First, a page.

Diabetic Retinopathy

Case #1: normal appearing retina 20/20 vision

Case #1: normal appearing retina, 20/20 vision

Case #2: 42 y/o male proliferative DR bleeding in front of the retina 20/60 vision

Case #2: 42 y/o male, proliferative DR, bleeding in front of the retina, 20/60 vision


Case #3: 33 y/o male proliferative DR no bleeding 20/20 vision

Case #3: 33 y/o male, proliferative DR, no bleeding, 20/20 vision

Case #4: 36 y/o female proliferative DR preretinal bleeding early retinal detachment CF vision

Case #4: 36 y/o female, proliferative DR, preretinal bleeding, early retinal detachment, CF vision

What Is Diabetic Retinopathy?

Diabetic retinopathy is the leading cause of blindness in adults. It happens when diabetes harms blood vessels inside the eye. These weak vessels leak fluid into an area of the eye called the retina. Weak new vessels can break and bleed into the retina. Old vessels can leak and cause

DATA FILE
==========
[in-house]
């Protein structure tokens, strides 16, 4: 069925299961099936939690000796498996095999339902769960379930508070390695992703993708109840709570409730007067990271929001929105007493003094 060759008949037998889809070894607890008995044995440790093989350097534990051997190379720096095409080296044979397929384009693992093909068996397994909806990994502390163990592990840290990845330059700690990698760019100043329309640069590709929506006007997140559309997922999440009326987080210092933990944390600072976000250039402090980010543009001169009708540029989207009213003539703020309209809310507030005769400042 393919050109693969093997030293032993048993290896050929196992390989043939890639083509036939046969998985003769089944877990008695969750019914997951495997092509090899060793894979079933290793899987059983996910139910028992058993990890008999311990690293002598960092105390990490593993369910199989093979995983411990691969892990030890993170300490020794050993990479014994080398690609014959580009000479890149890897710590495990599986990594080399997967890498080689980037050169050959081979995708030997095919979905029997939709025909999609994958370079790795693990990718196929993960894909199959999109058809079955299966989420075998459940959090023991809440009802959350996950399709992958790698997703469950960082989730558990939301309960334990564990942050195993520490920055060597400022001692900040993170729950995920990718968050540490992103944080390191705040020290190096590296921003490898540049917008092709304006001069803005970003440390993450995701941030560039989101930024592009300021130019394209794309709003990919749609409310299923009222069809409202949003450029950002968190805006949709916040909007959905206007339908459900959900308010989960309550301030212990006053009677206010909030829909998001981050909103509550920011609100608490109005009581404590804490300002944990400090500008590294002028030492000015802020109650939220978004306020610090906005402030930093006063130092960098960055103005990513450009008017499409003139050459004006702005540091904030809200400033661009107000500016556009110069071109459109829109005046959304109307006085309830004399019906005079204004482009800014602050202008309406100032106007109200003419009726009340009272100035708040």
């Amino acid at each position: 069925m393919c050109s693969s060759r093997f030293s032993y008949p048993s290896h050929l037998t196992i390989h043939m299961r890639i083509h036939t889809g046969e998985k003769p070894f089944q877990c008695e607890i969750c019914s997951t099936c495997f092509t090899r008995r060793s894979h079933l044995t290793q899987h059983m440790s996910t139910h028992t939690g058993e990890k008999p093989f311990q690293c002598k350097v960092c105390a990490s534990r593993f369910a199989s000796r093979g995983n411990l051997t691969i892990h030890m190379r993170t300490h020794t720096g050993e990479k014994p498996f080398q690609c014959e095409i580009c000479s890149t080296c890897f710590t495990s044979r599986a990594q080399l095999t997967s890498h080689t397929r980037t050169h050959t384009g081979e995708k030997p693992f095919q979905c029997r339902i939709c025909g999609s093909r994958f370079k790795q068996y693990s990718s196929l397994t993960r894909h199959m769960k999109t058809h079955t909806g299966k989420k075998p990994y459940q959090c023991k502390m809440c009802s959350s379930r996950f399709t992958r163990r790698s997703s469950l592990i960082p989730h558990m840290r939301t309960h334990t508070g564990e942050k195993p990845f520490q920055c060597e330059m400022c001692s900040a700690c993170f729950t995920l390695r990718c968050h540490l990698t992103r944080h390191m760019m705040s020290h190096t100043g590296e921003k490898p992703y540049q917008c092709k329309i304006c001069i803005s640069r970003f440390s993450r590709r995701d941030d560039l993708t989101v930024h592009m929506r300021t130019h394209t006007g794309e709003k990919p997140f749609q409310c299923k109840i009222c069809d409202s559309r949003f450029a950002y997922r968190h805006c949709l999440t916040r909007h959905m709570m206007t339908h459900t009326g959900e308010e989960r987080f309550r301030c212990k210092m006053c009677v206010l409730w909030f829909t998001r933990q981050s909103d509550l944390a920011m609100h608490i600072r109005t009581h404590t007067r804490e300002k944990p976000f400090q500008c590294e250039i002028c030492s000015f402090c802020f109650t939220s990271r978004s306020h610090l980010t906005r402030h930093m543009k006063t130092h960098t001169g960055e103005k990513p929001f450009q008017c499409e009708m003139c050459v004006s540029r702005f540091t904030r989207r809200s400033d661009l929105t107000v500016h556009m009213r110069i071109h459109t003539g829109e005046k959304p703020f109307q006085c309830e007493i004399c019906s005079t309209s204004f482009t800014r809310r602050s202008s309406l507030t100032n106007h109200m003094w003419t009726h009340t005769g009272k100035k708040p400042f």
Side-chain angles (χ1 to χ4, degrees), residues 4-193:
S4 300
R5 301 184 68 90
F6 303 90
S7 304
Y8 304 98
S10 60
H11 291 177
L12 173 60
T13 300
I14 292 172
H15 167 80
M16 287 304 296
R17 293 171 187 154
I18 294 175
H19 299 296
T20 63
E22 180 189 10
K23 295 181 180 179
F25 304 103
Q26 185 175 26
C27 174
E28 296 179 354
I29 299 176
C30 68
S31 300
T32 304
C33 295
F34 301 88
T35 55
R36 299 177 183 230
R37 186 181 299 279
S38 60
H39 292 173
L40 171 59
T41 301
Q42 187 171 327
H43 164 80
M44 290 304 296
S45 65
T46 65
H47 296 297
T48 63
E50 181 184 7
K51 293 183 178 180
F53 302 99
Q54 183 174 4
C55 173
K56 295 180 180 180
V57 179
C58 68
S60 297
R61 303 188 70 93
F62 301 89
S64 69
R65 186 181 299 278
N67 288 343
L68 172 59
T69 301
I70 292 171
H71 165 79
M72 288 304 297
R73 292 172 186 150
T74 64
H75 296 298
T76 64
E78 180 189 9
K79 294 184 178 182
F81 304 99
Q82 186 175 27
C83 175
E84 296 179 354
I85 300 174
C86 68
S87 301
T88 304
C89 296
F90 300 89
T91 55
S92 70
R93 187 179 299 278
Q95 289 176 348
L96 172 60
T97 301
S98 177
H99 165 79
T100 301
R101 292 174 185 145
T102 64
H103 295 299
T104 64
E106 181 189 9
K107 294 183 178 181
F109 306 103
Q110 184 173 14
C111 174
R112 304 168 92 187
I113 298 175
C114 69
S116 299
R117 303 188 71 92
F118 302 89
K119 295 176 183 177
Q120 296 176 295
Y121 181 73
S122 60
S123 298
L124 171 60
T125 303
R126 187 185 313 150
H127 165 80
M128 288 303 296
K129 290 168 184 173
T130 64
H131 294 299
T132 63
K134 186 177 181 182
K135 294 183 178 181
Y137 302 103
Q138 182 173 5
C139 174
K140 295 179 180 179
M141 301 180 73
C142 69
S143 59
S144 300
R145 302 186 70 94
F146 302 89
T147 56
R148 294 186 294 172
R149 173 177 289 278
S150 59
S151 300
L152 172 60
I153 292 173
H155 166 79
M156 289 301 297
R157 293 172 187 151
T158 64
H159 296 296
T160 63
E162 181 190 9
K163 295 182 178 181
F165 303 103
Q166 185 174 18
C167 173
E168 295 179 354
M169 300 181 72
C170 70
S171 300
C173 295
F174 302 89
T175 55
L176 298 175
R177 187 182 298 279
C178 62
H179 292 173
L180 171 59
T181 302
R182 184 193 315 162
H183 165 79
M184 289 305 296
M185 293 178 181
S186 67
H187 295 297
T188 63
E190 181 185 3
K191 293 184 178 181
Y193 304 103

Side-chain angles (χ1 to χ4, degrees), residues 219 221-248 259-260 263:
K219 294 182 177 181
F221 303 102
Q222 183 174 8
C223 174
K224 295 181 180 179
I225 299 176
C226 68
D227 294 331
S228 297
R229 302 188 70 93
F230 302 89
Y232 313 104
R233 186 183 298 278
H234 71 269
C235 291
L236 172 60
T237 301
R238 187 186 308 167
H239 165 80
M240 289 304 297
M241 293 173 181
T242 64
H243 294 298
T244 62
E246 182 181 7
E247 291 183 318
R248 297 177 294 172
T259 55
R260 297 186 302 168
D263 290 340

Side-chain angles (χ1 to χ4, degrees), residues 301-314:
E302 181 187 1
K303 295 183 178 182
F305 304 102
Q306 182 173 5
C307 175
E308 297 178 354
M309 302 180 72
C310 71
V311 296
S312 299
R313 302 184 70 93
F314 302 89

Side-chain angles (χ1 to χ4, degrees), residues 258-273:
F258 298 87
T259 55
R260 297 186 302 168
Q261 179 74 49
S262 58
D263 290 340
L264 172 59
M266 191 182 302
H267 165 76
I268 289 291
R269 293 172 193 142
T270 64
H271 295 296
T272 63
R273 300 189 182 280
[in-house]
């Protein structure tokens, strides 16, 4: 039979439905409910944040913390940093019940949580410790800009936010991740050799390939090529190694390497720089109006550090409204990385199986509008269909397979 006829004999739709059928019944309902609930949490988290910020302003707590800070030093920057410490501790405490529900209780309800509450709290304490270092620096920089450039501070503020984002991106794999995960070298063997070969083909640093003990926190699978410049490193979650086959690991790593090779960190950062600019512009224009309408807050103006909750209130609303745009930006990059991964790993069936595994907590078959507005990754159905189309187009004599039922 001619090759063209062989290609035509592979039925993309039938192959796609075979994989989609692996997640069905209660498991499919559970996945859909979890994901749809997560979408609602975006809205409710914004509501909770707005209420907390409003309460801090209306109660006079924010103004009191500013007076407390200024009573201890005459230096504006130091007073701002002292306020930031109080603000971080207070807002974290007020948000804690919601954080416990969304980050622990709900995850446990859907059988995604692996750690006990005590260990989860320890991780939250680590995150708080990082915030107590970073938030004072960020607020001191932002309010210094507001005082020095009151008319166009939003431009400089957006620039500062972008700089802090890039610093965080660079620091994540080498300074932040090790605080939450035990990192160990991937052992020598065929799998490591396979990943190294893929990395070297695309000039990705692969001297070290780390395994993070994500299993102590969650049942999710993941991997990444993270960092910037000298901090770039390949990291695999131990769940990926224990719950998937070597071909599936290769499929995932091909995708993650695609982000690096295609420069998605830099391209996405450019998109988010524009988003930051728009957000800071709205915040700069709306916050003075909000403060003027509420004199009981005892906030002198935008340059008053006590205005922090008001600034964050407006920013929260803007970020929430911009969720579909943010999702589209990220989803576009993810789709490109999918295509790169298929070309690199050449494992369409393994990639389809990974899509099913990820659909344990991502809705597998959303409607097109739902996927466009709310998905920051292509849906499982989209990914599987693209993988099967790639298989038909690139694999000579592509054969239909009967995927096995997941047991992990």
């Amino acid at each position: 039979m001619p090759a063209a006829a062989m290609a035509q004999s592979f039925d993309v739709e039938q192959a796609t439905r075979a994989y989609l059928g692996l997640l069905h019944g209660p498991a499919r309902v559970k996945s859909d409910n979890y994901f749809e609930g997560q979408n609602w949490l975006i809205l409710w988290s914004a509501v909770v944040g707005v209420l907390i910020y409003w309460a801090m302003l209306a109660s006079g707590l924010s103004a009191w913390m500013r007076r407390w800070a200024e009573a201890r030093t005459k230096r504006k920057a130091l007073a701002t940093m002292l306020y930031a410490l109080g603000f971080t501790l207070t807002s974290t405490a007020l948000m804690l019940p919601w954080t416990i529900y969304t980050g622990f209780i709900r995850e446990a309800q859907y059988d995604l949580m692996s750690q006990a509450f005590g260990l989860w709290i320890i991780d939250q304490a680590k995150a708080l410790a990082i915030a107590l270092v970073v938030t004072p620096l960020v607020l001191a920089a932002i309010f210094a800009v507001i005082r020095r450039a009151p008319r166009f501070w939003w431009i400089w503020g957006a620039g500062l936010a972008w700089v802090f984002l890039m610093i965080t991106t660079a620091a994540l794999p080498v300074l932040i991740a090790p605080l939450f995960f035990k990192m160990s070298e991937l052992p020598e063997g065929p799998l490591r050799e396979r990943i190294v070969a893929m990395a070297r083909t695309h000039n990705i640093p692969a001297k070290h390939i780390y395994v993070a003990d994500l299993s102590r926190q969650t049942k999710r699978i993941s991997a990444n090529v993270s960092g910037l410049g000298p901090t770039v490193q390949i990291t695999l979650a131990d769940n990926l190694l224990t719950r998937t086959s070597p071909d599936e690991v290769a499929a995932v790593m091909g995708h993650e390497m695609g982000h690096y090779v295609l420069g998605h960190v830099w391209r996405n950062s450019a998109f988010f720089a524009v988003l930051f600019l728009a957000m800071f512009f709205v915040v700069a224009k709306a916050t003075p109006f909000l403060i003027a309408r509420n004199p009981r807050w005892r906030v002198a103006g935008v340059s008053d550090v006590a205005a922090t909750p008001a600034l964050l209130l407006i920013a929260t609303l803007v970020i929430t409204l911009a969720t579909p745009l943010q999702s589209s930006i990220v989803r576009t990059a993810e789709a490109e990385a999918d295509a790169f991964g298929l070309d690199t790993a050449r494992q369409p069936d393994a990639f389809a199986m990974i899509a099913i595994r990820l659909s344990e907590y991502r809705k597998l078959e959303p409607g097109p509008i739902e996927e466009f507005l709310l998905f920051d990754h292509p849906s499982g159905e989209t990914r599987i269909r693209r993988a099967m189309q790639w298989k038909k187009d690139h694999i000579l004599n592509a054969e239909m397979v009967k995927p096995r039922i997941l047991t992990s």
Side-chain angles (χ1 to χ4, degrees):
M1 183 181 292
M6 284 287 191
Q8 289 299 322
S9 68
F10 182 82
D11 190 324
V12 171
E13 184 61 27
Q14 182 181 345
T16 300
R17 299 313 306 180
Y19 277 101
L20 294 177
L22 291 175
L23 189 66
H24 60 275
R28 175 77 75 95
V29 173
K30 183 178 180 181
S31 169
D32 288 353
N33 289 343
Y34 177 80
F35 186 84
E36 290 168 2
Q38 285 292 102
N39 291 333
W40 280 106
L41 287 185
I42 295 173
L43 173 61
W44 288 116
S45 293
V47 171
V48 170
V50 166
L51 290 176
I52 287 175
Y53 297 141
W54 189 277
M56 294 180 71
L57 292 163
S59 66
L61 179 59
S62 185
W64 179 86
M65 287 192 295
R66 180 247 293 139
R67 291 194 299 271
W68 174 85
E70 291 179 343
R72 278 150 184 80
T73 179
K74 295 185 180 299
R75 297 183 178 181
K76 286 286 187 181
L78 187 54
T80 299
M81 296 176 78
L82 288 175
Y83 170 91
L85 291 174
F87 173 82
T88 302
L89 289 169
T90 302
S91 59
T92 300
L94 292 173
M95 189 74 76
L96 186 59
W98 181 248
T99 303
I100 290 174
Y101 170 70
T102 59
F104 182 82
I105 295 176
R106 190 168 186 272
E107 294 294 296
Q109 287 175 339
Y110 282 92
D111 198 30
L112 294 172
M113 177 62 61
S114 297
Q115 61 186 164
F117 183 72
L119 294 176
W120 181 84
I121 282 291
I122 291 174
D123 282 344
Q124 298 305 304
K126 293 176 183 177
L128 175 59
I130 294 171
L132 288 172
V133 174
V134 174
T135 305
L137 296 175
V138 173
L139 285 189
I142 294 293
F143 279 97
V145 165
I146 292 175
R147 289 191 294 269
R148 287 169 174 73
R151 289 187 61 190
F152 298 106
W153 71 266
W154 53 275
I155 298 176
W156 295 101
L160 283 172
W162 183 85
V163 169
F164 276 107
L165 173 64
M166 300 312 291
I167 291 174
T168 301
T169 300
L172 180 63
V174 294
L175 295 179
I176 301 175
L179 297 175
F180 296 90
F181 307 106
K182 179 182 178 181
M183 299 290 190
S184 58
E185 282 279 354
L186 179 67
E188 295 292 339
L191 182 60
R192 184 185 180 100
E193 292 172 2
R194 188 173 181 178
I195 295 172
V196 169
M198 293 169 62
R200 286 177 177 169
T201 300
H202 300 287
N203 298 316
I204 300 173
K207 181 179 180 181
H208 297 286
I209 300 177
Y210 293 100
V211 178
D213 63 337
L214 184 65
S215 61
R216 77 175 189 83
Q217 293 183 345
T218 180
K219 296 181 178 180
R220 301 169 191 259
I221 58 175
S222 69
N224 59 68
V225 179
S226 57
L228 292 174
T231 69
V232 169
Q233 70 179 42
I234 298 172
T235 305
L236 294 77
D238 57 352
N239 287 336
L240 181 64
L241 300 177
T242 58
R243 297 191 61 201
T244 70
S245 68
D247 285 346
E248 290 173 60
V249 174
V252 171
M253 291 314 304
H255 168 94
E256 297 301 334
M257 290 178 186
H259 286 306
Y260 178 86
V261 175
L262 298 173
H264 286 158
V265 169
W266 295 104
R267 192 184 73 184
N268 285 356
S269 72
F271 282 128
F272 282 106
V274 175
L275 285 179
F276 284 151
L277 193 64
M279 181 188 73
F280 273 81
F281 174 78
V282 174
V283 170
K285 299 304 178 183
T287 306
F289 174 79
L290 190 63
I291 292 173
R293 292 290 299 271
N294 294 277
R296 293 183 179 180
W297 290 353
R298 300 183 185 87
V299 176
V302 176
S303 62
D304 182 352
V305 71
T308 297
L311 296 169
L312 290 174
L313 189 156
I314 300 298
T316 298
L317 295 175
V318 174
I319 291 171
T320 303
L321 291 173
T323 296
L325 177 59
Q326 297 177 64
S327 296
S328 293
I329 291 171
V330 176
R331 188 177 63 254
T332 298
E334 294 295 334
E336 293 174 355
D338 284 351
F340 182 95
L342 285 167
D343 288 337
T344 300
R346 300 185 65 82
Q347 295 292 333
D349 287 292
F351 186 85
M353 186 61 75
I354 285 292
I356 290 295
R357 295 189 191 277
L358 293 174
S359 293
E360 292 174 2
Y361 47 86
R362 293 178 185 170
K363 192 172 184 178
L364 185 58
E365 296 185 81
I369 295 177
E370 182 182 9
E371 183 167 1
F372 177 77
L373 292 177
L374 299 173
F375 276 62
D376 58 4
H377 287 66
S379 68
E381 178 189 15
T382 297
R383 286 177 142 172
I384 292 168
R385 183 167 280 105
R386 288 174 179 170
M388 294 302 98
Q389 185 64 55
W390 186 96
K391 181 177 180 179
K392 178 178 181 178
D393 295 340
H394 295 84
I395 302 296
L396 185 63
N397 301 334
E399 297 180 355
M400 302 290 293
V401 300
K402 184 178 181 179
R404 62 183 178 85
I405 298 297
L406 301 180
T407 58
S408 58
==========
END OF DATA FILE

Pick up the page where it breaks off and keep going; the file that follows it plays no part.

Diabetic Retinopathy

view of normal retina

swelling. These vessels can damage areas of the retina, causing blurry, distorted vision.

What causes diabetic retinopathy?

Diabetes is the cause of this eye disease. Over time, diabetes makes blood vessels weaken all over the body, including in the eyes. Poor blood sugar control can make retinopathy worse. So can smoking, high cholesterol, or poorly controlled high blood pressure. Pregnancy can also cause retinopathy to worsen. Diabetic retinopathy happens more often in Hispanics and in African Americans.

What are the symptoms?

You can have diabetic retinopathy without knowing it. Usually, there is no pain and no outward sign. Over time, you may notice gradual blurring or some vision loss. Some people have trouble seeing at night. or see spots or floaters.Symptoms may come and go. Early treatment and good control of risk factors may help prevent vision loss or blindness.

What you can do

Have your eyes examined regularly by an eye specialist. Your healthcare provider will tell you when and how often you need these exams. You can also help control your diabetes through exercise, diet, and medicine, as instructed by your healthcare provider. These same steps may also help control diabetic retinopathy.